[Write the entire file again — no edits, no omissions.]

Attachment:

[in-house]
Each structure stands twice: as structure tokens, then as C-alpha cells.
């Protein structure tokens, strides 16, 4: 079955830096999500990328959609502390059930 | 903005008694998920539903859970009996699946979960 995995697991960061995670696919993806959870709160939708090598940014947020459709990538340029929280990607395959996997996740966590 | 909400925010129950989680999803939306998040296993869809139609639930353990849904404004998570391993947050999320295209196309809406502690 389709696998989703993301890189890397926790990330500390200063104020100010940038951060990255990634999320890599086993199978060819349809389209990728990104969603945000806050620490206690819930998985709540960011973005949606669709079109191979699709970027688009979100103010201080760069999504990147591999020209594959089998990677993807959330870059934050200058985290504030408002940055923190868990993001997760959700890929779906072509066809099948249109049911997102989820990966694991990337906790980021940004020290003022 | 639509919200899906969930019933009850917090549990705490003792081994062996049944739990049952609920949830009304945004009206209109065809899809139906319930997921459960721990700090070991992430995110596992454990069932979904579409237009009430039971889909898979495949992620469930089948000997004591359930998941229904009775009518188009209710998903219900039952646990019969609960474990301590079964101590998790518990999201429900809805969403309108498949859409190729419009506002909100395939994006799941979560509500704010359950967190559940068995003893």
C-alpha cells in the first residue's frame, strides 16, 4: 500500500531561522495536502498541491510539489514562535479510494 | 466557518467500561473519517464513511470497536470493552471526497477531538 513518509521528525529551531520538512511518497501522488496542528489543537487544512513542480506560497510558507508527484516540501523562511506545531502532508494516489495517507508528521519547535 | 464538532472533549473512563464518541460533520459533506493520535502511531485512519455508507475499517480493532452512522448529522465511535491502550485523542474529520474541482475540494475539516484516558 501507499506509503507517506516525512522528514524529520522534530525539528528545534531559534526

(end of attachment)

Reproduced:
[in-house]
Each structure stands twice: as structure tokens, then as C-alpha cells.
């Protein structure tokens, strides 16, 4: 079955830096999500990328959609502390059930 | 903005008694998920539903859970009996699946979960 995995697991960061995670696919993806959870709160939708090598940014947020459709990538340029929280990607395959996997996740966590 | 909400925010129950989680999803939306998040296993869809139609639930353990849904404004998570391993947050999320295209196309809406502690 389709696998989703993301890189890397926790990330500390200063104020100010940038951060990255990634999320890599086993199978060819349809389209990728990104969603945000806050620490206690819930998985709540960011973005949606669709079109191979699709970027688009979100103010201080760069999504990147591999020209594959089998990677993807959330870059934050200058985290504030408002940055923190868990993001997760959700890929779906072509066809099948249109049911997102989820990966694991990337906790980021940004020290003022 | 639509919200899906969930019933009850917090549990705490003792081994062996049944739990049952609920949830009304945004009206209109065809899809139906319930997921459960721990700090070991992430995110596992454990069932979904579409237009009430039971889909898979495949992620469930089948000997004591359930998941229904009775009518188009209710998903219900039952646990019969609960474990301590079964101590998790518990999201429900809805969403309108498949859409190729419009506002909100395939994006799941979560509500704010359950967190559940068995003893």
C-alpha cells in the first residue's frame, strides 16, 4: 500500500531561522495536502498541491510539489514562535479510494 | 466557518467500561473519517464513511470497536470493552471526497477531538 513518509521528525529551531520538512511518497501522488496542528489543537487544512513542480506560497510558507508527484516540501523562511506545531502532508494516489495517507508528521519547535 | 464538532472533549473512563464518541460533520459533506493520535502511531485512519455508507475499517480493532452512522448529522465511535491502550485523542474529520474541482475540494475539516484516558 501507499506509503507517506516525512522528514524529520522534530525539528528545534531559534526